Little did they know then that it was an elaborate plot as the company had already filed a complaint of possible unrest and danger to property. The police acting on the compliant were already at hand. They cordoned the workers demanding that they disperse. When the workers refused, the Deputy Superintended of police arrived around midnight of 28-29 July, and  threatened to file charges of theft and damage to property. As a concession he promised to organize a ‘peace committee’ meeting between officials and workers mediated by Revenue Divisional Officer (RDO – Ponneri).

The peace meeting was held on the morning of 29th July, and was attended by representatives from the company, workers and police. The workers also raised other grievances like discrimination between staff and contract workers on canteen facilities, lack of first aid, toilets etc. After a day long discussion, the RDO recommended that the demands of the workers for improved first aid, sanitation and food be immediately taken care by the company. The RDO asked the workers to take  up the issue of wages with the labour department. The company officials signed with protest, the advise offered by the RDO.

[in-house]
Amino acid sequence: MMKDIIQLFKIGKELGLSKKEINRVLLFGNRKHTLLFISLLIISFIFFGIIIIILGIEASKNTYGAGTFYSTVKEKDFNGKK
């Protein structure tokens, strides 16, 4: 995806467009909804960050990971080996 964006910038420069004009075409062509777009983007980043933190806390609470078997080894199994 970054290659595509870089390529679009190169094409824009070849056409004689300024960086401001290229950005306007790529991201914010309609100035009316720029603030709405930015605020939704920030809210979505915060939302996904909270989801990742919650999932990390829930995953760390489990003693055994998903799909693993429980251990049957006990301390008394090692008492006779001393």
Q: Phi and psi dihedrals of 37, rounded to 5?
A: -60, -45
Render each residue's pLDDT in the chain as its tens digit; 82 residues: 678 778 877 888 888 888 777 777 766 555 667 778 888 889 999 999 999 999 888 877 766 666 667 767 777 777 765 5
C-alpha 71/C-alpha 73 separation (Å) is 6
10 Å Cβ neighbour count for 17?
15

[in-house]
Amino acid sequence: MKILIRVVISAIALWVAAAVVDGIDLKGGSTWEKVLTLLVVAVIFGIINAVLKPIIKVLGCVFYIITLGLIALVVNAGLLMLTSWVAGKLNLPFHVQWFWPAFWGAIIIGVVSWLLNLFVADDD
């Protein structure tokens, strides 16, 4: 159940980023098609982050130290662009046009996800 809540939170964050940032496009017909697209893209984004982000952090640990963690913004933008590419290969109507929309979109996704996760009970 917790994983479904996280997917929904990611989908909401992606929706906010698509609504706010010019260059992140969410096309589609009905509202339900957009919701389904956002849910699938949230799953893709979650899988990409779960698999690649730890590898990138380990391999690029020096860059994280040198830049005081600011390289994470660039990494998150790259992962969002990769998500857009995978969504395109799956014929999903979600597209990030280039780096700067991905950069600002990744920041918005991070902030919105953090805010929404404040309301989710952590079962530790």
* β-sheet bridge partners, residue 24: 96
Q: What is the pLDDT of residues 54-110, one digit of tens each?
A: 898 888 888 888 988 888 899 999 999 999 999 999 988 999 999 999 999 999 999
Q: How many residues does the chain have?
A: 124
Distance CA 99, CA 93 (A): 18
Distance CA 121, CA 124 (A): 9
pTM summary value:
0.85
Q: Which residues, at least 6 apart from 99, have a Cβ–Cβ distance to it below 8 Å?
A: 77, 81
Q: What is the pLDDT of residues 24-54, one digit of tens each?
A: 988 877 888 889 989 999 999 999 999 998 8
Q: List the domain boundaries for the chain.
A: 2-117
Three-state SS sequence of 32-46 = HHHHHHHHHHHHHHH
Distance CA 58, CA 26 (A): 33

Rather than act upon the RDO advise, they moved the Ponneri Court obtaining an injunction against 33 workers and their collaborators including family members from protesting or hampering in any manner the operations of the company. The court restrained the workers from any protest within 200 meters of the warehouse. The company also denied work to nearly 80 workers who had participated in the protest. It also struck out of payroll the ten workers who had been confirmed. On 31st July, the workers lodged an industrial dispute with the ACL claiming this to be a partial closure of the operations without prior notice.